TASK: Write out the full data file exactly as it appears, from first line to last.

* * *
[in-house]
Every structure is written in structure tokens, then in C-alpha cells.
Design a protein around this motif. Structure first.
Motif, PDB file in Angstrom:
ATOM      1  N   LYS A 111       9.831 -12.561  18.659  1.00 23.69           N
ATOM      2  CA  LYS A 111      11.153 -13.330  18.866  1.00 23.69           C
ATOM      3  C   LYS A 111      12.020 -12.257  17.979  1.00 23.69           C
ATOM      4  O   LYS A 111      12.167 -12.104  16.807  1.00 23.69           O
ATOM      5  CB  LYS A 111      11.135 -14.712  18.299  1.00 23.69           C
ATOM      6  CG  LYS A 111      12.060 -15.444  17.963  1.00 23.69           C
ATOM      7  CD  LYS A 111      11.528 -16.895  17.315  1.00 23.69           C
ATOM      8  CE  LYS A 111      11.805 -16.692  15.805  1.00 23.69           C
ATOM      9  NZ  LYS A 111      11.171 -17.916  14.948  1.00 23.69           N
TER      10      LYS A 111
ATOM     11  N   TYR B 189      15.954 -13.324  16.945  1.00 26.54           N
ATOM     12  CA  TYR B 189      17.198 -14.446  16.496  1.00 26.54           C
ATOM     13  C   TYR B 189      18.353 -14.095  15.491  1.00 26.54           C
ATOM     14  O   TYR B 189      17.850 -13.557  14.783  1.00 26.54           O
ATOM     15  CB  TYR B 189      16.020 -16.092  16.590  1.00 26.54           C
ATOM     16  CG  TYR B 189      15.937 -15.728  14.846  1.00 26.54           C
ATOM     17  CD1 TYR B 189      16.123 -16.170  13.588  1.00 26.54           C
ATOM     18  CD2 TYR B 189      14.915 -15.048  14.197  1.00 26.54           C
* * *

[in-house]
Every structure is written in structure tokens, then in C-alpha cells.
Design a protein around this motif. Structure first.
Motif, PDB file in Angstrom:
ATOM      1  N   LYS A 111       9.831 -12.561  18.659  1.00 23.69           N
ATOM      2  CA  LYS A 111      11.153 -13.330  18.866  1.00 23.69           C
ATOM      3  C   LYS A 111      12.020 -12.257  17.979  1.00 23.69           C
ATOM      4  O   LYS A 111      12.167 -12.104  16.807  1.00 23.69           O
ATOM      5  CB  LYS A 111      11.135 -14.712  18.299  1.00 23.69           C
ATOM      6  CG  LYS A 111      12.060 -15.444  17.963  1.00 23.69           C
ATOM      7  CD  LYS A 111      11.528 -16.895  17.315  1.00 23.69           C
ATOM      8  CE  LYS A 111      11.805 -16.692  15.805  1.00 23.69           C
ATOM      9  NZ  LYS A 111      11.171 -17.916  14.948  1.00 23.69           N
TER      10      LYS A 111
ATOM     11  N   TYR B 189      15.954 -13.324  16.945  1.00 26.54           N
ATOM     12  CA  TYR B 189      17.198 -14.446  16.496  1.00 26.54           C
ATOM     13  C   TYR B 189      18.353 -14.095  15.491  1.00 26.54           C
ATOM     14  O   TYR B 189      17.850 -13.557  14.783  1.00 26.54           O
ATOM     15  CB  TYR B 189      16.020 -16.092  16.590  1.00 26.54           C
ATOM     16  CG  TYR B 189      15.937 -15.728  14.846  1.00 26.54           C
ATOM     17  CD1 TYR B 189      16.123 -16.170  13.588  1.00 26.54           C
ATOM     18  CD2 TYR B 189      14.915 -15.048  14.197  1.00 26.54           C